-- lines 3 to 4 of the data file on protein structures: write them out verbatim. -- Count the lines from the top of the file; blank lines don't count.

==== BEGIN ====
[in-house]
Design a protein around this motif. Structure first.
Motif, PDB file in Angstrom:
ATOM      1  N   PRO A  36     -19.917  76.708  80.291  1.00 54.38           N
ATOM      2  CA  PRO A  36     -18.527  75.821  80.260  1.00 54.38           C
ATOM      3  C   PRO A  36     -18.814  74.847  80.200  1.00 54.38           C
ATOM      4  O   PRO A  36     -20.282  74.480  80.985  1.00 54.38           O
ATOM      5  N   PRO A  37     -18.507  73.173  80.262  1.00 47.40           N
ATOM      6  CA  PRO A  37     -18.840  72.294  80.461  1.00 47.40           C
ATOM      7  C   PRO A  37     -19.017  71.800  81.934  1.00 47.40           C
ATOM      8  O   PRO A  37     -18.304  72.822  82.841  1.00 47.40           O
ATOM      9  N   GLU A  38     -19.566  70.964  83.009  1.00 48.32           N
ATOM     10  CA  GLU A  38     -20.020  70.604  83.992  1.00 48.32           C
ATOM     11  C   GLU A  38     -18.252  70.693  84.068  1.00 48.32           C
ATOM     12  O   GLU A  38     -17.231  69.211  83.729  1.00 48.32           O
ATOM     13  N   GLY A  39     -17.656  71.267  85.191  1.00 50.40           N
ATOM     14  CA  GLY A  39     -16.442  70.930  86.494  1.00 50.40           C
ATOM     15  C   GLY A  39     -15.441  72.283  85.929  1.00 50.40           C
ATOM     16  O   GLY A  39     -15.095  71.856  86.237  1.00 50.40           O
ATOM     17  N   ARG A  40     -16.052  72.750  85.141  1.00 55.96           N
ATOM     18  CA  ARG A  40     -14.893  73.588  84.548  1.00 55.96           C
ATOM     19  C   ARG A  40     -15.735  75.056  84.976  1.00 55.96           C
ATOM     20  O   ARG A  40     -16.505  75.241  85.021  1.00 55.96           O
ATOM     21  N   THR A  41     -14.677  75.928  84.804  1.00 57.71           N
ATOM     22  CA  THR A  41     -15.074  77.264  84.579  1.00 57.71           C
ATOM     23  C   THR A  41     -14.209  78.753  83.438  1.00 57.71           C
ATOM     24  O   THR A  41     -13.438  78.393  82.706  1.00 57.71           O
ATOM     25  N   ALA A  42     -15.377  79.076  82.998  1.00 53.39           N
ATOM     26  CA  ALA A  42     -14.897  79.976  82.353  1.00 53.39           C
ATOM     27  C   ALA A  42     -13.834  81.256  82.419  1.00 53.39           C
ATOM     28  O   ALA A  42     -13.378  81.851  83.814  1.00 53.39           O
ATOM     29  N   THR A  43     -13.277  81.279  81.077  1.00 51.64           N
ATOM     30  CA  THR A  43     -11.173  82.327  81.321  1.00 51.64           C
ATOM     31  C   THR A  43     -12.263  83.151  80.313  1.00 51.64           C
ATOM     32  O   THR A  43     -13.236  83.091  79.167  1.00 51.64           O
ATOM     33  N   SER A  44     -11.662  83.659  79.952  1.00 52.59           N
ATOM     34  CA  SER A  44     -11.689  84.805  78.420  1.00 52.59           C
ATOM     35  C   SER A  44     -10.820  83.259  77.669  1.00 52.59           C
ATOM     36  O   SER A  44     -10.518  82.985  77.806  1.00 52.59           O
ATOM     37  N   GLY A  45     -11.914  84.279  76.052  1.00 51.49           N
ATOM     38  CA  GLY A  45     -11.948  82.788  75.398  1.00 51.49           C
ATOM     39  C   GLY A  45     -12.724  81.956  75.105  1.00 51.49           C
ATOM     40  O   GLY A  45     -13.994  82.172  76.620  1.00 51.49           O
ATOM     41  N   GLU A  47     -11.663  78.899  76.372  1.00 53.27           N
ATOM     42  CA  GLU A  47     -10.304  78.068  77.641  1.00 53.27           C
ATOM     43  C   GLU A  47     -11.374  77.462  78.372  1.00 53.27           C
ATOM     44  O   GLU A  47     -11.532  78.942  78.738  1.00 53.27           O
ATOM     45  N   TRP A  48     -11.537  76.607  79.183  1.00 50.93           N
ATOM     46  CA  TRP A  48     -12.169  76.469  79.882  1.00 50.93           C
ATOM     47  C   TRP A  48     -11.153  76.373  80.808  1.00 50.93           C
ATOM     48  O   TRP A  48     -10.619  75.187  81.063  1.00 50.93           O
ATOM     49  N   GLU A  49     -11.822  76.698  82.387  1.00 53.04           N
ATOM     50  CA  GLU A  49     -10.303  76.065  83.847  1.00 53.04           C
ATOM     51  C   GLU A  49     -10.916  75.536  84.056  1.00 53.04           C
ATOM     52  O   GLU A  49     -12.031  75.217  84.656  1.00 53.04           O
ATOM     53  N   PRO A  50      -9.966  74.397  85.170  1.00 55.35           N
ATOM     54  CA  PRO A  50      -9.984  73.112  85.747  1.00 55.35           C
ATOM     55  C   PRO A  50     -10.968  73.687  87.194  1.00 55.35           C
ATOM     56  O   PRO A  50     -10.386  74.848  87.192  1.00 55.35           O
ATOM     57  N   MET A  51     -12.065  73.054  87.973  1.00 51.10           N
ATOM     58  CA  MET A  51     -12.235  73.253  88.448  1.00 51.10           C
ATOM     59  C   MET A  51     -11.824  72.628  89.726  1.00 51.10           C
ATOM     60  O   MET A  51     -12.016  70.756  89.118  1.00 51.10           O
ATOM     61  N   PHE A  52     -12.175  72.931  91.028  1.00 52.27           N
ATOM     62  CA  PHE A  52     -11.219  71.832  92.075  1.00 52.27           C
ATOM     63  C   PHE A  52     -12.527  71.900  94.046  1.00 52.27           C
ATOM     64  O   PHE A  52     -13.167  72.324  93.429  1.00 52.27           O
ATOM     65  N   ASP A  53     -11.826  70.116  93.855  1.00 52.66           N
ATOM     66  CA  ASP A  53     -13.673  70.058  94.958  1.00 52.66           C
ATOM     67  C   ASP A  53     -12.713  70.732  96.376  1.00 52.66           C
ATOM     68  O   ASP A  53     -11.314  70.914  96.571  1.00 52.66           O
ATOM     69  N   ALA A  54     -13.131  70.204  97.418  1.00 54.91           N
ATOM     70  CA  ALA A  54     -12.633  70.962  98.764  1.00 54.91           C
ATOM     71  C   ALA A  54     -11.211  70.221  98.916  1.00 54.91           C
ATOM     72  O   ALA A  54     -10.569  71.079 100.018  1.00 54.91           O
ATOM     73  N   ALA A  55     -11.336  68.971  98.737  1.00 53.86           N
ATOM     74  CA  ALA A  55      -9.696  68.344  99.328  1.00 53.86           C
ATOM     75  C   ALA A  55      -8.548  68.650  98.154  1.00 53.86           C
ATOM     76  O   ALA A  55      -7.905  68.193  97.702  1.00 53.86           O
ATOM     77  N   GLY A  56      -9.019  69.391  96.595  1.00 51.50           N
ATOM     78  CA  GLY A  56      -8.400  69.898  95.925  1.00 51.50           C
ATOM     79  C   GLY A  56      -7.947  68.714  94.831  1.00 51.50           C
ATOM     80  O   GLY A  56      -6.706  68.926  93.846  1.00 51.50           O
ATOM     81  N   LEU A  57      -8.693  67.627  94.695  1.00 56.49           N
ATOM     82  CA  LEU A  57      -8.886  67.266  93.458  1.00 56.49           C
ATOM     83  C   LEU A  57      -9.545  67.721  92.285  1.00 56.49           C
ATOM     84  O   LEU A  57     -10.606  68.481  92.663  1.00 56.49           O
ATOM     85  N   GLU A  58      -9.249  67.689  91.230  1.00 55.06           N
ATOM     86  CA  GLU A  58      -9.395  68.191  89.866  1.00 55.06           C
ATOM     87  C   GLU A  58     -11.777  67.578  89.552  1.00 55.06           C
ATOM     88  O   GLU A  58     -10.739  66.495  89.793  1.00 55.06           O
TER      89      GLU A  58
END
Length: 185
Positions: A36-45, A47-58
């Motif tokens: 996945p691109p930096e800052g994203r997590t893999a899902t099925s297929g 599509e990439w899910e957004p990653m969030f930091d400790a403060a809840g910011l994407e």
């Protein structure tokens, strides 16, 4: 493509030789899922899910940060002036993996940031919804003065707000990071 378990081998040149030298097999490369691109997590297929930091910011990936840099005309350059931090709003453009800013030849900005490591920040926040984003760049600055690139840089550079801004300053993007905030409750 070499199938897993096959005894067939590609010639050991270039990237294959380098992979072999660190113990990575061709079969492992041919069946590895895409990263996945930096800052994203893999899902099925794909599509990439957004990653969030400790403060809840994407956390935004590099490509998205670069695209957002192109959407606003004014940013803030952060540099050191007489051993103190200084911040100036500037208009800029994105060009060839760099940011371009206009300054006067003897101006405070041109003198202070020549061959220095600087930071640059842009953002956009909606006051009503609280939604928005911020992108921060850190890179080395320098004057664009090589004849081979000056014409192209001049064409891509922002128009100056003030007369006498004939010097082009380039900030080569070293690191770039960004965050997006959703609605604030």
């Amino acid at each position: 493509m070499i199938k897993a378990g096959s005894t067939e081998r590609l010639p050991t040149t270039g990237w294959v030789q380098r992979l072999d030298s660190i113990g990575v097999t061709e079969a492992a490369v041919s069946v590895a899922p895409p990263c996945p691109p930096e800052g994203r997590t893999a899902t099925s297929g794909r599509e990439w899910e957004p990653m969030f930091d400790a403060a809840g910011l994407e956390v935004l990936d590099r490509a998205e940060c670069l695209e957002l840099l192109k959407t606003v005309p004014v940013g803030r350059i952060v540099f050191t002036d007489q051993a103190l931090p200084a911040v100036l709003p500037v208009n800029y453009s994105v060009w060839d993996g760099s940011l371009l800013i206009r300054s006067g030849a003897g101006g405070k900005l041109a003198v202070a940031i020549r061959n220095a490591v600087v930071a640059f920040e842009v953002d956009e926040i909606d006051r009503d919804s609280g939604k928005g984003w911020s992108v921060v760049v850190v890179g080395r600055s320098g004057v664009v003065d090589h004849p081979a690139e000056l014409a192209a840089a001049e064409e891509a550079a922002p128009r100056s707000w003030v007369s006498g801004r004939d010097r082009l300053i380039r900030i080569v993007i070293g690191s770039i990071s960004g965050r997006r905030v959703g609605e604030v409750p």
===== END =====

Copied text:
Motif, PDB file in Angstrom:
ATOM      1  N   PRO A  36     -19.917  76.708  80.291  1.00 54.38           N